MEMORANDUM AND ORDER
Presently before the court is plaintiff Michael Lowden's petition for costs, expenses and attorney's fees pursuant to the Civil Rights Attorney's Fee Award Act of 1976, 42 U.S.C. § 1988. For the reasons stated herein, plaintiff's petition will be granted in part and denied in part.
On June 15, 1984, plaintiffs Michael and Janet Lowden, husband and wife, retained Linda S. Battistini, Esquire to file suit against defendants James C. Murphy ("Murphy") and the Borough of Aldan ("the Borough") for violations of the Civil Rights Act of 1964, 42 U.S.C. § 1983, as well as for state law claims of assault, battery, invasion of privacy, negligent and intentional infliction of emotional distress, and for plaintiff Janet Lowden's claim for loss of consortium. The complaint was filed on January 16, 1986. The prayer for relief included a request for "costs and attorney's fees pursuant to 42 U.S.C. § 1988." On February 17, 1986, defendants made a settlement offer of $ 5,000.00. That offer was rejected by plaintiffs.
Plaintiffs' § 1983 claim asserted that defendant Police Officer Murphy invaded plaintiffs' privacy in answering a police radio call of a domestic disturbance at plaintiffs' residence and that once defendant Murphy was inside plaintiffs' residence he used excessive force in arresting plaintiff Michael Lowden.
Pursuant to Local Civil Rule 8, the case was tried before a three member arbitration panel which, on August 27, 1986, made an award in favor of all defendants. Plaintiffs timely filed a demand for a trial de novo pursuant to Local Civil Rule 8(7).
The case was tried before a jury from December 15 to December 17, 1986, and was submitted to the jury by way of interrogatories on which to record the verdict. On December 16, 1986, before the case went to the jury, the court granted defendant Borough of Aldan's motion for nonsuit, and judgment was entered in favor of the Borough and against plaintiffs Michael and Janet Lowden. The negligent and intentional infliction of emotional distress claims also did not go to the jury. On December 17, 1986, the jury answered the interrogatories and rendered a verdict of $ 622.00 of compensatory damages and no punitive damages in favor of plaintiff Michael Lowden and against defendant Murphy. This verdict was based on the jury's finding that defendant Murphy violated plaintiff Michael Lowden's civil rights by using excessive force on him, but did not violate plaintiff Michael Lowden's civil rights by invading his privacy. The jury also found that defendant Murphy committed assault and/or battery upon plaintiff Michael Lowden. The jury also rendered a verdict in favor of defendant Murphy and against plaintiff Janet Lowden. Judgment was entered on these verdicts on December 17, 1986. On January 8, 1987, the court denied plaintiffs' motion for a new trial on the issue of damages.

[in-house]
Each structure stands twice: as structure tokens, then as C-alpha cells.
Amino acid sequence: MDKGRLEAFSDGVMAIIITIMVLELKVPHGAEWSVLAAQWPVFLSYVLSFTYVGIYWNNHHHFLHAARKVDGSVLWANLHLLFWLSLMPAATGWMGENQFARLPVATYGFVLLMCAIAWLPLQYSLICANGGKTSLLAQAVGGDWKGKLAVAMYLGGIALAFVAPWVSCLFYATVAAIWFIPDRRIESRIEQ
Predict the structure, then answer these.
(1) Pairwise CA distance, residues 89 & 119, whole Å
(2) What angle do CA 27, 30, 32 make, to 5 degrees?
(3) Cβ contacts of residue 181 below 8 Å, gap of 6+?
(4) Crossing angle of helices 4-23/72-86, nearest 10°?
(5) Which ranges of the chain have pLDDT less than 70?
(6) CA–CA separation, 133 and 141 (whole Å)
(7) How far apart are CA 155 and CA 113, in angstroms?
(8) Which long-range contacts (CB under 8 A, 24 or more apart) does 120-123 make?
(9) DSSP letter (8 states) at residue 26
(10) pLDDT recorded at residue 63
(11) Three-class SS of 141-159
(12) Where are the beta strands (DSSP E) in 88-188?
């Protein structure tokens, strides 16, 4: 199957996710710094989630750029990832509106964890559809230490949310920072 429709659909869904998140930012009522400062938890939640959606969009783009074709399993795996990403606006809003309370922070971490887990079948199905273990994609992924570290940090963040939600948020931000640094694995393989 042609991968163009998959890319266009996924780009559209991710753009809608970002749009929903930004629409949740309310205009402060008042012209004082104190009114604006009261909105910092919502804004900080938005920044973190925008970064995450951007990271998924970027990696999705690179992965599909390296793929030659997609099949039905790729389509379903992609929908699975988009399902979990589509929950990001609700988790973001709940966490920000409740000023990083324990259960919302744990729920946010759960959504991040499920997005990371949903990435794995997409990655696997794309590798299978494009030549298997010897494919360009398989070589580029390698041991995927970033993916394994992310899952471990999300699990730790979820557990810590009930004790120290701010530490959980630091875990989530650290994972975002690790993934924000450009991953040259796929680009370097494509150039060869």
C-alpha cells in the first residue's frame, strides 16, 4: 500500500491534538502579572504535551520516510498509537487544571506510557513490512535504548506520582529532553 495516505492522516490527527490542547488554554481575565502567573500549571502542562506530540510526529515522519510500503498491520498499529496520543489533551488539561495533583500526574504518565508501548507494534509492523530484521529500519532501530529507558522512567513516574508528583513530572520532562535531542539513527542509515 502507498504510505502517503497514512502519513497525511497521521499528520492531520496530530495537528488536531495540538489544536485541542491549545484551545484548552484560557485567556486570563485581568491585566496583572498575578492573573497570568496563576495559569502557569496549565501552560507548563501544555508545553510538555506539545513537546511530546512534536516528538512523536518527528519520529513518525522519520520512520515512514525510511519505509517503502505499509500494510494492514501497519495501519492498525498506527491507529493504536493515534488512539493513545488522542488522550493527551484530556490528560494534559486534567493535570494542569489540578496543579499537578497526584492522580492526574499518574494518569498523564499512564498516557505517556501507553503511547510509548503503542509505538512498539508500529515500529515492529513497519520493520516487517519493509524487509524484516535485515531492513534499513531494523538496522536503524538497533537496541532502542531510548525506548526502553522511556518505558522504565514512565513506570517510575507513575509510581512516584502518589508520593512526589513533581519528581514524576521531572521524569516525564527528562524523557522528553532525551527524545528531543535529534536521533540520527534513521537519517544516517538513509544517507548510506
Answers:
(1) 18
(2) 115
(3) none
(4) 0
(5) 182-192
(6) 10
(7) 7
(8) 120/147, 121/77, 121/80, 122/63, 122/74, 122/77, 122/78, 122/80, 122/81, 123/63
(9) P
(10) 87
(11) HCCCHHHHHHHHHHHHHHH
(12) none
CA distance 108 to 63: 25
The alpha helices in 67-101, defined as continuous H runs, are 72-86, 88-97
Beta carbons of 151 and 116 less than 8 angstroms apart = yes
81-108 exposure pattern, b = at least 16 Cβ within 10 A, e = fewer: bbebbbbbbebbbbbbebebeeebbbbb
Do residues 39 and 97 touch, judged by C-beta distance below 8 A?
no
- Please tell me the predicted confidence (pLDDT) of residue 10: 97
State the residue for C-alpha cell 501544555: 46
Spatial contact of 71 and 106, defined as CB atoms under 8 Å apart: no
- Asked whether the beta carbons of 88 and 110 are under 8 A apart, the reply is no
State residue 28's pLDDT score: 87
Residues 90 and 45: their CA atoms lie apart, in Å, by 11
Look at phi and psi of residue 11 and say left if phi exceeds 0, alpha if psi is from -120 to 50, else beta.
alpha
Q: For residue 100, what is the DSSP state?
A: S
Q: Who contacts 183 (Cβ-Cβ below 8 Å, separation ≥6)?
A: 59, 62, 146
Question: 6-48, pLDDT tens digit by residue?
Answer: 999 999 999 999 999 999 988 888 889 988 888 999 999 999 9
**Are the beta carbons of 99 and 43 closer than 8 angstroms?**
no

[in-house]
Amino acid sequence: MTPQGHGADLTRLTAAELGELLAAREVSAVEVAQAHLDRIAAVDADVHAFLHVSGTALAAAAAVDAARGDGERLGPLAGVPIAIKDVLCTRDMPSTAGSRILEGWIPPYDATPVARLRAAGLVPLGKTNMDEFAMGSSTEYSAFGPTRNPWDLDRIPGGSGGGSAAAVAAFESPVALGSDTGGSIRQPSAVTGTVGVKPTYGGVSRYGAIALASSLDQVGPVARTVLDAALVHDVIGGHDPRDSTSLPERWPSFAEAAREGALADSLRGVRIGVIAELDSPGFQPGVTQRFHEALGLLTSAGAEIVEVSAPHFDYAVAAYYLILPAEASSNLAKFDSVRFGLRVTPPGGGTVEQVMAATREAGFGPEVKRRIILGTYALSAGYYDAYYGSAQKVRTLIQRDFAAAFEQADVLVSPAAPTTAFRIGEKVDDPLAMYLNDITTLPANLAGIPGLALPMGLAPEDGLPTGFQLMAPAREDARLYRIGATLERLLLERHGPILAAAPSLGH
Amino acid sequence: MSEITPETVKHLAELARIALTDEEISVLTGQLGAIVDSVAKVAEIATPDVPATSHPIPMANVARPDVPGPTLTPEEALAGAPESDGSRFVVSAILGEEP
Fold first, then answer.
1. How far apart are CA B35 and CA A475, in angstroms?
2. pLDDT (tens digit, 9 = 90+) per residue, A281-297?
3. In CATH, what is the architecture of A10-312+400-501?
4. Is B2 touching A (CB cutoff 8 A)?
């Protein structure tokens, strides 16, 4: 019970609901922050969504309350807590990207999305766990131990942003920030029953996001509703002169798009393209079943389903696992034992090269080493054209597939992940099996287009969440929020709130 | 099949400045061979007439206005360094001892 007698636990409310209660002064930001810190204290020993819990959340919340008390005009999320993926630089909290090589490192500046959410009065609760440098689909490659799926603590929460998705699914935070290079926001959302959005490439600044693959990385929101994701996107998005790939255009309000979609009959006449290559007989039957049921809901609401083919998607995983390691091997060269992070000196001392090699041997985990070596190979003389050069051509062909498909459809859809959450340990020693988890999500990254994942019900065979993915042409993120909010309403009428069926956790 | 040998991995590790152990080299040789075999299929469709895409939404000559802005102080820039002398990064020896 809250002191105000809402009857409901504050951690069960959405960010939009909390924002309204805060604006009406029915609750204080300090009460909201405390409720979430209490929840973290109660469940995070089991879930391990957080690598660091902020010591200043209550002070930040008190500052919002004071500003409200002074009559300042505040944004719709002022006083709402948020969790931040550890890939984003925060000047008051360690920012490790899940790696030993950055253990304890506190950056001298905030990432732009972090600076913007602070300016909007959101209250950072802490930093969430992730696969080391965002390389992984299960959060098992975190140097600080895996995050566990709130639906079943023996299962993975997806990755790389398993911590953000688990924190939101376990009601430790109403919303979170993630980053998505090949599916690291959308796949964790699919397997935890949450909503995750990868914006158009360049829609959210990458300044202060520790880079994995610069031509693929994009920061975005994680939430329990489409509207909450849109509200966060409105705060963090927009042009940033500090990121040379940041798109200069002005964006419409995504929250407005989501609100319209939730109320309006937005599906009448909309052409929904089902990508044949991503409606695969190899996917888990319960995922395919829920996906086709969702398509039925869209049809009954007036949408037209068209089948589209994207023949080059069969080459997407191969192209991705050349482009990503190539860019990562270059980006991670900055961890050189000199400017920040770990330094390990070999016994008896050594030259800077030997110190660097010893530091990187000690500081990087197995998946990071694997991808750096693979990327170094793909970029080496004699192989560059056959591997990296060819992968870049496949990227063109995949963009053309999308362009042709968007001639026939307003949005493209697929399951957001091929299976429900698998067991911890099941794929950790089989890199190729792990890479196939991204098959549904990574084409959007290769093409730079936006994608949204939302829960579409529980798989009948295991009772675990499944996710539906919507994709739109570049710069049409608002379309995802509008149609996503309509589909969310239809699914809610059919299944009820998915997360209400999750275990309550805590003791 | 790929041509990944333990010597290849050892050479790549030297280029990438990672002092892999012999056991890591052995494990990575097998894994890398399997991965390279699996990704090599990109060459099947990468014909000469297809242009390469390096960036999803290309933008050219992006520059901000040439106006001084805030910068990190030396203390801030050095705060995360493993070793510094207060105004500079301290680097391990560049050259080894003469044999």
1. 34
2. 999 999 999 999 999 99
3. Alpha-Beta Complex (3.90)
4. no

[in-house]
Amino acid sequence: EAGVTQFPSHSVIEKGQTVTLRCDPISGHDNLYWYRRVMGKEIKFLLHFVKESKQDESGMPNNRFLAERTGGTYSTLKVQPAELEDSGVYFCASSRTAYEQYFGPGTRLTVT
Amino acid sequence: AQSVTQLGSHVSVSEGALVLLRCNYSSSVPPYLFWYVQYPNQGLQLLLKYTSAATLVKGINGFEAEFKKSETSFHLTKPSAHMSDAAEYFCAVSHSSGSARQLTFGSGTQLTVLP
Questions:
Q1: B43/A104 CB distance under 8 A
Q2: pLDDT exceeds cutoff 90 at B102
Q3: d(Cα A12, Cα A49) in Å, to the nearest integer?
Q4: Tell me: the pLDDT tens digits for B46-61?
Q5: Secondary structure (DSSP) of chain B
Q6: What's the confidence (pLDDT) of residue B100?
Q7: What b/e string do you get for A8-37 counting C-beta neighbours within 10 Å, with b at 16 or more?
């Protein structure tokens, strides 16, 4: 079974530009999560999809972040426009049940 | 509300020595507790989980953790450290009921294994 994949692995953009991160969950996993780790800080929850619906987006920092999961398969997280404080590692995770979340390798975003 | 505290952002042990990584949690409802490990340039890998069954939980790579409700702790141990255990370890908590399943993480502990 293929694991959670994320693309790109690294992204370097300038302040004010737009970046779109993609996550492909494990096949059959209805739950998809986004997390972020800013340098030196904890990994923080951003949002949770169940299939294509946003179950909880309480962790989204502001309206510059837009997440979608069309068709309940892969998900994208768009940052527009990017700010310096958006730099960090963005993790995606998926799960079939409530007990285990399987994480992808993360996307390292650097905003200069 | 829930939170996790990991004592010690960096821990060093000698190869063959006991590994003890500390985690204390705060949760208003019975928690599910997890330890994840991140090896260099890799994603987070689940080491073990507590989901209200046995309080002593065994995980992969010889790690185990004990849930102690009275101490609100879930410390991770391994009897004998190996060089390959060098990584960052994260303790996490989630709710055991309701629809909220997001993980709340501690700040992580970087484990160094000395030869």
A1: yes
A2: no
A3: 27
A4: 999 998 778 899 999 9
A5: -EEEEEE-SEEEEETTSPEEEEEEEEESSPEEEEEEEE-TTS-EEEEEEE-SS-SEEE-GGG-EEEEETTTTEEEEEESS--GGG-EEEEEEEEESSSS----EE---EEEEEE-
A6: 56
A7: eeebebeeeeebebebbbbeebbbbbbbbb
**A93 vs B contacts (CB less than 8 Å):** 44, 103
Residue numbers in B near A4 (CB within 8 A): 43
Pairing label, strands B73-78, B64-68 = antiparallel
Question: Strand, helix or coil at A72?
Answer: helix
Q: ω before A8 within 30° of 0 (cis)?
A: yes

Plaintiff filed a request for attorney's fees of $ 22,883.33 under 42 U.S.C. § 1988, which provides that a prevailing party in a § 1983 action may be awarded attorney's fees "as part of the costs." The $ 22,883.33 claimed as attorney's fees includes fees for work performed after the $ 5,000.00 pretrial settlement offer. Plaintiff also seeks $ 3,041.34 in costs other than attorney's fees from defendant. Defendant requests the court to decline to award these latter post-settlement offer costs and attorney's fees pursuant to Rule 68 of the Federal Rules of Civil Procedure.